Once, heavy rains prevented the artichoke farmer from showing up at the market, which meant nixing my dinner party centerpiece of grandma’s stuffed artichokes. I could picture and appreciate mud-caked wheels and freeing a tractor stuck in the earth.

Many wince at the cost of raspberries. But there’s no better way to appreciate their high cost than to squat next to a raspberry bush, scratched arms and all, gingerly plucking the succulent jewels off the vine. You can only get this kind of clarity when the fruit is in season.

The conviviality of local.

By definition, seasonal eating is local eating. It is said that shoppers at farmers markets have 10 times the number of interactions than at a typical grocery store. The visual appeal of markets and farms puts people in a more open and engaging frame of mind. Recipes, stories and information shared among shoppers and farmers fosters a sense of community. This lively exchange is not happening in the cereal aisle at Safeway.


I often remind myself that I live in a bubble here in the Pacific Northwest. There are many food wastelands in this country. In the middle of the heartland in Peoria, Illinois, for example, where my mother lives, fresh, seasonal food is nearly nonexistent. This, despite the ocean of corn (for animal feed, sweeteners and additives) spreading out for miles and miles. I am under no illusion that access—not to mention a 10-month growing season here—makes seasonal eating much easier.

This is just [good] food for thought. Do you have a seasonal eating tale? Is it easy to do where you live? Do you grow your own food? Share your thoughts.


There are many great sources on seasonal eating. Here are just a few:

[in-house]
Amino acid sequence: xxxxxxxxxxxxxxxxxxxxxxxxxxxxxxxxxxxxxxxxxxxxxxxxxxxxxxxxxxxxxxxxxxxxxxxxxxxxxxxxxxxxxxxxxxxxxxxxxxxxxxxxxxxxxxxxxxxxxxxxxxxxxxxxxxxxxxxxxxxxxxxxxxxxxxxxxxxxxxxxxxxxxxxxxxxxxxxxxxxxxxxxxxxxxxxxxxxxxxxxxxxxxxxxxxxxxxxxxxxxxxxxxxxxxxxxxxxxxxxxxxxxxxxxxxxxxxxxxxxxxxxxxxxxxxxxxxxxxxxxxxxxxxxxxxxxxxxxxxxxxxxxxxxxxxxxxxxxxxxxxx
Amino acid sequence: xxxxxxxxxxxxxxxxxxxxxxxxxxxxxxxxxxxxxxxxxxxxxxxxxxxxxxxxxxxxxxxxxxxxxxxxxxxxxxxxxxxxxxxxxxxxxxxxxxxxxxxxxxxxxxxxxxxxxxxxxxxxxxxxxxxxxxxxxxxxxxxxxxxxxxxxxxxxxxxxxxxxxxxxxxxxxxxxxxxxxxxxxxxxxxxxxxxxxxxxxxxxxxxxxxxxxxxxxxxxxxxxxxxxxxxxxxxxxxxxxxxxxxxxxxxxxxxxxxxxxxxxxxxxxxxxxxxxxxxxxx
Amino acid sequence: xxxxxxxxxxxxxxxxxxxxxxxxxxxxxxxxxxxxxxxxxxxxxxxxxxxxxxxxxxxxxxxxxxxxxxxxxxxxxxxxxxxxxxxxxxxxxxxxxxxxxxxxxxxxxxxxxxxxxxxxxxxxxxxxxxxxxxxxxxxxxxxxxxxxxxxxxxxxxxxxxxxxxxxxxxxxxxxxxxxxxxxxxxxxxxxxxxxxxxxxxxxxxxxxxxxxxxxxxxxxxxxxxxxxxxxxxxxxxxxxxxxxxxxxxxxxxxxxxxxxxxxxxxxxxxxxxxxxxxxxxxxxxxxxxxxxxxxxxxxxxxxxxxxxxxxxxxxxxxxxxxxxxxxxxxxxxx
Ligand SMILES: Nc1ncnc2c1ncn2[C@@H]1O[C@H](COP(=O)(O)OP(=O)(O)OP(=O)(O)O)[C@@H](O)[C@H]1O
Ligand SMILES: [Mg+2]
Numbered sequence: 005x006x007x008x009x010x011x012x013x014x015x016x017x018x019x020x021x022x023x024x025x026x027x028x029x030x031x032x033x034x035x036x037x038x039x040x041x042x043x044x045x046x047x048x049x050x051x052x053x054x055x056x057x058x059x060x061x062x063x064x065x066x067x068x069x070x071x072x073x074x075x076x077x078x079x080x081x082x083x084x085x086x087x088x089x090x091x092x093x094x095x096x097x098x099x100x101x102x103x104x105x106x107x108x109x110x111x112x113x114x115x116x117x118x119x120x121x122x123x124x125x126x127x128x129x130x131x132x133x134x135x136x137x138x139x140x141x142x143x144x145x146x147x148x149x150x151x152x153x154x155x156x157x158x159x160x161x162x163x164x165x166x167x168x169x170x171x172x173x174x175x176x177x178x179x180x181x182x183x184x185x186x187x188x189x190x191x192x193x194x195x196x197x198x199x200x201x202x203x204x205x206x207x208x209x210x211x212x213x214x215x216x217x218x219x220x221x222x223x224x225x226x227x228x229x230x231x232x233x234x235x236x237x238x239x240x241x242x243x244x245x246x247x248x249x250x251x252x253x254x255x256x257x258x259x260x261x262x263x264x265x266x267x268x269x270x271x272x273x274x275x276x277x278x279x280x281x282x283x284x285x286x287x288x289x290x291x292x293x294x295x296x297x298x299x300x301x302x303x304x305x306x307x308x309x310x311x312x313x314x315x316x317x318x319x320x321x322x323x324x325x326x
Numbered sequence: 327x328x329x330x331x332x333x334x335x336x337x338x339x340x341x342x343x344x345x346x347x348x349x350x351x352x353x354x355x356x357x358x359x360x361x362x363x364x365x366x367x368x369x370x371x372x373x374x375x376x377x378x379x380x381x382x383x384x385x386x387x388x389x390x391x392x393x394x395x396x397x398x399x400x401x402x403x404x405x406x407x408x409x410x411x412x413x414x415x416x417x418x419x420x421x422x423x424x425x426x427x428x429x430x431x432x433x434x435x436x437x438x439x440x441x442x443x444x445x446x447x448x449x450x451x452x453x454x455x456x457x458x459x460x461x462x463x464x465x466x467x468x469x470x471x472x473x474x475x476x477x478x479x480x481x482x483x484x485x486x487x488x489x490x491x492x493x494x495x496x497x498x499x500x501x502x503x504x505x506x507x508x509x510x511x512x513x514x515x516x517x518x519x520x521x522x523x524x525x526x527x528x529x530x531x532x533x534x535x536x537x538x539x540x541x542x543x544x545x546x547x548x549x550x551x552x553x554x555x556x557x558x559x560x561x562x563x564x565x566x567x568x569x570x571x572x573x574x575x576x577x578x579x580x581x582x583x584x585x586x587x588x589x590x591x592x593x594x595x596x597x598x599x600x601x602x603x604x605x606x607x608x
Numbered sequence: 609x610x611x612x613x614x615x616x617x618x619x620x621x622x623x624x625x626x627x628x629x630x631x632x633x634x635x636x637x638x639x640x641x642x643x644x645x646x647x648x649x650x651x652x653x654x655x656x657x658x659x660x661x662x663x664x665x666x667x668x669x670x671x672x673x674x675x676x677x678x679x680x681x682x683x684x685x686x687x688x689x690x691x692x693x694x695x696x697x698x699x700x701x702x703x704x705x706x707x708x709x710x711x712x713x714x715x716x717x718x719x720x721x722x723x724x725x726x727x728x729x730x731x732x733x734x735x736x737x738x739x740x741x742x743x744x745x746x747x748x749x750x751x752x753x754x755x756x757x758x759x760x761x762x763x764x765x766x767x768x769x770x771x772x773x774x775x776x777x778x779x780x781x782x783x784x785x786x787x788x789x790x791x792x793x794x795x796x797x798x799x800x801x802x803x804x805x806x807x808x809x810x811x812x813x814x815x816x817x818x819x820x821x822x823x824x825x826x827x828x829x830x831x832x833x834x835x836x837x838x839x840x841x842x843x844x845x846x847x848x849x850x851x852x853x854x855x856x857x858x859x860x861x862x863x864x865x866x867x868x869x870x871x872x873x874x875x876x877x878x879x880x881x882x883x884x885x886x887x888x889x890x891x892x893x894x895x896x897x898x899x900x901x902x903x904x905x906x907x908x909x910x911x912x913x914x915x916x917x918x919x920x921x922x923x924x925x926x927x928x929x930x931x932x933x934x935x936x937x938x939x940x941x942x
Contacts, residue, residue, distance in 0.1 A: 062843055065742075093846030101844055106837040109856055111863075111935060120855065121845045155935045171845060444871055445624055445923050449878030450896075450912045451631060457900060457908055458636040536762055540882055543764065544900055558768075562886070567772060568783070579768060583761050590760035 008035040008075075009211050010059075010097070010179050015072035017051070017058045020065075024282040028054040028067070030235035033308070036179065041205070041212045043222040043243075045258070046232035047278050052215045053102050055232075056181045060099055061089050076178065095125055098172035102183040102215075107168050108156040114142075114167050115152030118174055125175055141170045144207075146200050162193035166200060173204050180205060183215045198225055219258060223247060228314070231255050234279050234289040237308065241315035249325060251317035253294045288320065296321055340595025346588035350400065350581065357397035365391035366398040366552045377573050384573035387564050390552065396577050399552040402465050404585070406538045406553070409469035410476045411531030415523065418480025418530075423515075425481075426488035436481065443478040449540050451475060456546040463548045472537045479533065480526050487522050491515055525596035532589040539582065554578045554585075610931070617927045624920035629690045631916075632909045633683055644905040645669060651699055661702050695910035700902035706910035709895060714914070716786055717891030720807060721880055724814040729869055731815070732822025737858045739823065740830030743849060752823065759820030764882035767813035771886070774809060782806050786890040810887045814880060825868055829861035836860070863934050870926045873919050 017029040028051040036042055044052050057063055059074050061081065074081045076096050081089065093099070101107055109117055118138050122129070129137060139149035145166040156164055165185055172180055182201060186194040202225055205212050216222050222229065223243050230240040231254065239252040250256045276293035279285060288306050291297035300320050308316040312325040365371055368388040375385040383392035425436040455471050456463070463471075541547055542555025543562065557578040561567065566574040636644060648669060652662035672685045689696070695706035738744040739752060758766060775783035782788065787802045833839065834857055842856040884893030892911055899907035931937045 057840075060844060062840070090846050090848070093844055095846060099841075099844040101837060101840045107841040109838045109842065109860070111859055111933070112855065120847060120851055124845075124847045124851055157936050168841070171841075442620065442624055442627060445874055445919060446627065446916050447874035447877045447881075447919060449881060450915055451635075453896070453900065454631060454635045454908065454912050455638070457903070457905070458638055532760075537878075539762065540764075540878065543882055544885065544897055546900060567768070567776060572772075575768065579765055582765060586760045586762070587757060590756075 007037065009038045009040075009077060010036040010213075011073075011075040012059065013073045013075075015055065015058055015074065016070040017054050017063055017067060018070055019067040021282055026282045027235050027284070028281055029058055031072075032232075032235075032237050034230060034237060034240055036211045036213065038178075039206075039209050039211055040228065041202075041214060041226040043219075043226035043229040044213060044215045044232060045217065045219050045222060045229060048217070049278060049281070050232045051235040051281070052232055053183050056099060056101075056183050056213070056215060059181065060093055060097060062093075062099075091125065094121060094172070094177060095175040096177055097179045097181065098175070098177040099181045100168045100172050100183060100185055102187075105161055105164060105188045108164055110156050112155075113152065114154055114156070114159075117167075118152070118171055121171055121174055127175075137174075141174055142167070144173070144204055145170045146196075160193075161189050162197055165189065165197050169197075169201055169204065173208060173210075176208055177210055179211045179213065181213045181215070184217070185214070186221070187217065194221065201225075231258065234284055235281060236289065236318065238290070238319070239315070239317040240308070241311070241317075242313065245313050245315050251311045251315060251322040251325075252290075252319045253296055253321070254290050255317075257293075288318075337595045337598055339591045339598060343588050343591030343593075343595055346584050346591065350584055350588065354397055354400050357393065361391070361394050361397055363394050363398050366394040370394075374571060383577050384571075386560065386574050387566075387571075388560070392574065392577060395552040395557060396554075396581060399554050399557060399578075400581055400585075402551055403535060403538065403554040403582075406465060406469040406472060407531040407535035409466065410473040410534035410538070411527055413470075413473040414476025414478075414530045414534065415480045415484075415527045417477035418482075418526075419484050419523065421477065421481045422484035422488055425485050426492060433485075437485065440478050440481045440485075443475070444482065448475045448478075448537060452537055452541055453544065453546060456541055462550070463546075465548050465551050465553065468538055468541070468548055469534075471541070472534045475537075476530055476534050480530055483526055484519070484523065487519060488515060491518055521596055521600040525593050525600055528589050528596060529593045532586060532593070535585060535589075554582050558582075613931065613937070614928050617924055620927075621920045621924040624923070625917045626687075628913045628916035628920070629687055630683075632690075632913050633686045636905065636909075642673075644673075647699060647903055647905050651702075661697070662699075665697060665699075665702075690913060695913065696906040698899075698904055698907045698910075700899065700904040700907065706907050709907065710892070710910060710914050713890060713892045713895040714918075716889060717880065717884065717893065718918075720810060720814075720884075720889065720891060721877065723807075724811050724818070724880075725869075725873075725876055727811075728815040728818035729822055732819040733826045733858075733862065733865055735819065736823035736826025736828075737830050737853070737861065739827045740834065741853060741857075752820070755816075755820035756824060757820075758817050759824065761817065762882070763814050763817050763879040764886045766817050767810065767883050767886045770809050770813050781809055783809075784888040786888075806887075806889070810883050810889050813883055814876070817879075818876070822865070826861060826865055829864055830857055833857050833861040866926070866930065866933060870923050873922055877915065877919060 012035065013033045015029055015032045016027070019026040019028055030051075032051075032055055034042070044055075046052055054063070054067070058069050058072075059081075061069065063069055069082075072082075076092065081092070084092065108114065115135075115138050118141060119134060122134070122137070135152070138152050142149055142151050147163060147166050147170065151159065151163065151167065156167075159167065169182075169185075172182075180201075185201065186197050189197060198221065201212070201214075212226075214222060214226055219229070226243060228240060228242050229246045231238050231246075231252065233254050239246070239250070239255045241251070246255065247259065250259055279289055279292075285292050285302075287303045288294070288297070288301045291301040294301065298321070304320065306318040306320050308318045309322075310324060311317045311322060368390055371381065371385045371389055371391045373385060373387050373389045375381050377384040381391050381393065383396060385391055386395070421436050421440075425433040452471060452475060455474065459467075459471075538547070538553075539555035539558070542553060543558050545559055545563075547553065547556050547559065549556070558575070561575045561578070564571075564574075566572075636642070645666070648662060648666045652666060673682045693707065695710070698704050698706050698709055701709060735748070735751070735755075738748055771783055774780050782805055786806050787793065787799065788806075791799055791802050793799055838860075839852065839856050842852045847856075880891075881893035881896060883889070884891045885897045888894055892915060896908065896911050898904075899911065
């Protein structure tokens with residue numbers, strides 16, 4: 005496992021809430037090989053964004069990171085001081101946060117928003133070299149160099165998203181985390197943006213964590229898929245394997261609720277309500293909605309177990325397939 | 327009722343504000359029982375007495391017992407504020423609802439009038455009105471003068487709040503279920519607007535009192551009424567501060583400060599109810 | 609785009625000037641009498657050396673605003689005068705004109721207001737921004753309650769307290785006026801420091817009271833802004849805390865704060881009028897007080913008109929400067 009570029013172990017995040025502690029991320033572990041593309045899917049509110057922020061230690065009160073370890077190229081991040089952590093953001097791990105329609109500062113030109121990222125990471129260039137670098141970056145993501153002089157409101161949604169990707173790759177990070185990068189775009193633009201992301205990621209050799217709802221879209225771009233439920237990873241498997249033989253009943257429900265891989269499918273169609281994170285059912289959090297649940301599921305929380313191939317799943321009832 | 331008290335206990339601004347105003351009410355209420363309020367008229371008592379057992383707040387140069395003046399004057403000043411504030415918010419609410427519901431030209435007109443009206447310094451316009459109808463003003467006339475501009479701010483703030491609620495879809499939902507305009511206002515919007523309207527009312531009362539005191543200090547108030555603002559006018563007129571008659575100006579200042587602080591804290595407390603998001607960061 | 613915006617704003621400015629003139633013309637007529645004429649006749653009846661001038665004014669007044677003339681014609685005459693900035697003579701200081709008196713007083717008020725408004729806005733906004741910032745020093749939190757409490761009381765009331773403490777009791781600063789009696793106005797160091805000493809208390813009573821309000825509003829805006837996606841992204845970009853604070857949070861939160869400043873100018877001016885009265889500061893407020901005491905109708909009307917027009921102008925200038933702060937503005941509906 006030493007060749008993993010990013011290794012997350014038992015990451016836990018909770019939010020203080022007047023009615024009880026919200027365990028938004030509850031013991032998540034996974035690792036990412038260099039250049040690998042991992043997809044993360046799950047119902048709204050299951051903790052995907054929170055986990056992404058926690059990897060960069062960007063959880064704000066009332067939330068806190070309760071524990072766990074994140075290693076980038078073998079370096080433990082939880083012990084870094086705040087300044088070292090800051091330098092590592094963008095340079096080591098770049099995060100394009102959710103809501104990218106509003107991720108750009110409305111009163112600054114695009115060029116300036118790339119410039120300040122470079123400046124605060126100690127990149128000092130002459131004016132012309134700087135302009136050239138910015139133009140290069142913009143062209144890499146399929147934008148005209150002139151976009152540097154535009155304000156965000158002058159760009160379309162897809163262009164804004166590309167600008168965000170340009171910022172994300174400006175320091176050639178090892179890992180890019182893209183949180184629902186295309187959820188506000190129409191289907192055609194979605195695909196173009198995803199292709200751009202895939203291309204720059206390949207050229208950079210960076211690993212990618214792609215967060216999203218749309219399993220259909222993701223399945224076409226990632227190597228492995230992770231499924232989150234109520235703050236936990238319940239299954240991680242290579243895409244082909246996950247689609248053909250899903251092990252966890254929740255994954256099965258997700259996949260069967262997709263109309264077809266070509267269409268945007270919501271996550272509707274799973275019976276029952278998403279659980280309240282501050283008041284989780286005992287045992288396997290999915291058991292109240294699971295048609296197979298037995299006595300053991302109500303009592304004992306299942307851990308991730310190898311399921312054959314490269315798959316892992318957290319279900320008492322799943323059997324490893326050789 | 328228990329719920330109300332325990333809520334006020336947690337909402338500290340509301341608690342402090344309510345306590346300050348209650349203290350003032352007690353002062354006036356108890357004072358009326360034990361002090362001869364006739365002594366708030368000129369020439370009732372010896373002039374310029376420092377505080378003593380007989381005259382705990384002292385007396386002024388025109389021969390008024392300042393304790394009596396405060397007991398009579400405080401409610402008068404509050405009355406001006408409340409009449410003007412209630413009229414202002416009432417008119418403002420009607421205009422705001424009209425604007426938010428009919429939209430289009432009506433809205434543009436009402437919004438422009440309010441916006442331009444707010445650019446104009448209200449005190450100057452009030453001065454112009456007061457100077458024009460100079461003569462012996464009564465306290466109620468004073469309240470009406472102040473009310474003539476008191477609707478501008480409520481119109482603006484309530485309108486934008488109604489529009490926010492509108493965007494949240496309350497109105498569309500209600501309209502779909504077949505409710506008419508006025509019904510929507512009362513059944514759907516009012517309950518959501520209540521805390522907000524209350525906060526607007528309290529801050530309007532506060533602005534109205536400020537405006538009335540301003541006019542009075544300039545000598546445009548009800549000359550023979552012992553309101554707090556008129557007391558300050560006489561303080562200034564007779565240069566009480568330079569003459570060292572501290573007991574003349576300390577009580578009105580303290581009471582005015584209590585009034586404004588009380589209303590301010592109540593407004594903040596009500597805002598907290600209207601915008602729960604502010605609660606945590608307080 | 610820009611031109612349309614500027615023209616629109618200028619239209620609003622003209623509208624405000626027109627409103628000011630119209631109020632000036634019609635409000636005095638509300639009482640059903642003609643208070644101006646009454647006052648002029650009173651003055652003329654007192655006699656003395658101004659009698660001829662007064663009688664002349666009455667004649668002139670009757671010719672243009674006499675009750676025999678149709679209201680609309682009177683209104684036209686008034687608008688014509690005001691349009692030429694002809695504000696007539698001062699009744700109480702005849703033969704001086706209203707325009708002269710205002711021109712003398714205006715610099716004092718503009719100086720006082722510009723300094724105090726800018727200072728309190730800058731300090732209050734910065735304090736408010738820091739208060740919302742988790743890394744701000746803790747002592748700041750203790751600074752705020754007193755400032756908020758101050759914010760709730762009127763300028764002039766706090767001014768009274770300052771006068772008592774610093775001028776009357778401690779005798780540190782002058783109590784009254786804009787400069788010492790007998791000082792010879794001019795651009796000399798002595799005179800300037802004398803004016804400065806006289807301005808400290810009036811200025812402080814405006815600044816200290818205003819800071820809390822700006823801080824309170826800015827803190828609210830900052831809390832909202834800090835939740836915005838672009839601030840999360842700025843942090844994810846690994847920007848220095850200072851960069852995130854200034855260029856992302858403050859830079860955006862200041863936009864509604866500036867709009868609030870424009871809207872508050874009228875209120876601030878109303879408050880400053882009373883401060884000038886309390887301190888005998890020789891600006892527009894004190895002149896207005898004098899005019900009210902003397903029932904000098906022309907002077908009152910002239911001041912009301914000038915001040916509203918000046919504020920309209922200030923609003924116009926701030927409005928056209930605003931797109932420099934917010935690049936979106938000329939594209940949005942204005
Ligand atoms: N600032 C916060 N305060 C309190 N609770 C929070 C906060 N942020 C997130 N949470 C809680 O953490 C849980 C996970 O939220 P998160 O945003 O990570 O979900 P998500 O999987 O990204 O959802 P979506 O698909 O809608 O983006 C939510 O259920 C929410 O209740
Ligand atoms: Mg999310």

• Barbara Kingsolver’s Animal, Vegetable, Miracle.

• Epicurious: An Interactive Seasonal Ingredient Map, including other goodies on that page like interviews with Alice Waters and Michael Pollan.

A New Way to Think About Eating, review by Jason Epstein on Michael Pollan.

Here it is July 2nd already. June required several new drawings as more and more produce is becoming available. The color palette is opening up, which, in addition to beautiful meals, also means a larger variety of vitamins and minerals. An Eat the Rainbow post is soon to come that explores the range of antioxidants in the many colors of foods, and their benefits.

If you’re new here, visit April and May produce logs for an introduction to my yearlong project to track my fresh produce dollars. You can download each one as a PDF. Here is June.

Even those of us who cook often find ourselves stymied by what to do with our market or garden loot. The pressure to be creative or break out of eating ruts can conspire to overcomplicate what can be simple. Most foods that grow in the same season go well together. Foods that are fresh and seasonal don’t need much fussing. Instead, let the real taste of the fruit or vegetable sing. Two great sites I refer to often are Culinate, which posts wonderful food stories and seasonal recipes, and Epicurious, which is my go-to recipe source. Instead of trying to figure out what to cook for the week, I simply buy what looks good and is in season. Then I plug in what I’ve got into the search field and modify recipes if I don’t have an ingredient the recipe calls for.

How did I eat this month’s produce?

Artichoke: I lamented to chef Kathryn LaSusa Yeomans of The Farmers Feast that I preferred the versatility of baby artichokes and had lost my interest in basic steaming of large artichokes. She suggested tucking chopped fresh herbs like basil, mint and parsley and chopped garlic into the leaves. For a dipping sauce, I melted a little butter and added slivered garlic, fresh lemon juice, salt and pepper. Wonderful! But I await the baby artichokes to make one of my favorite dishes, a Roman stew called la vigniarola, with fava beans, pancetta and peas. See my artichoke piece in last year’s farmer’s market newsletter.

Kohlrabi: Veggie Borg, I like to call it. A truly bizarre looking vegetable. Kohlrabi has a nutty, fresh flavor and is wonderful shaved onto salads or cut into sticks and used for dip. It reminds one of jicama.

Cabbage: The reason for all this cabbage? Homemade sauerkraut, which is brewing in the kitchen. It smells, like, well, sauerkraut…in a good way.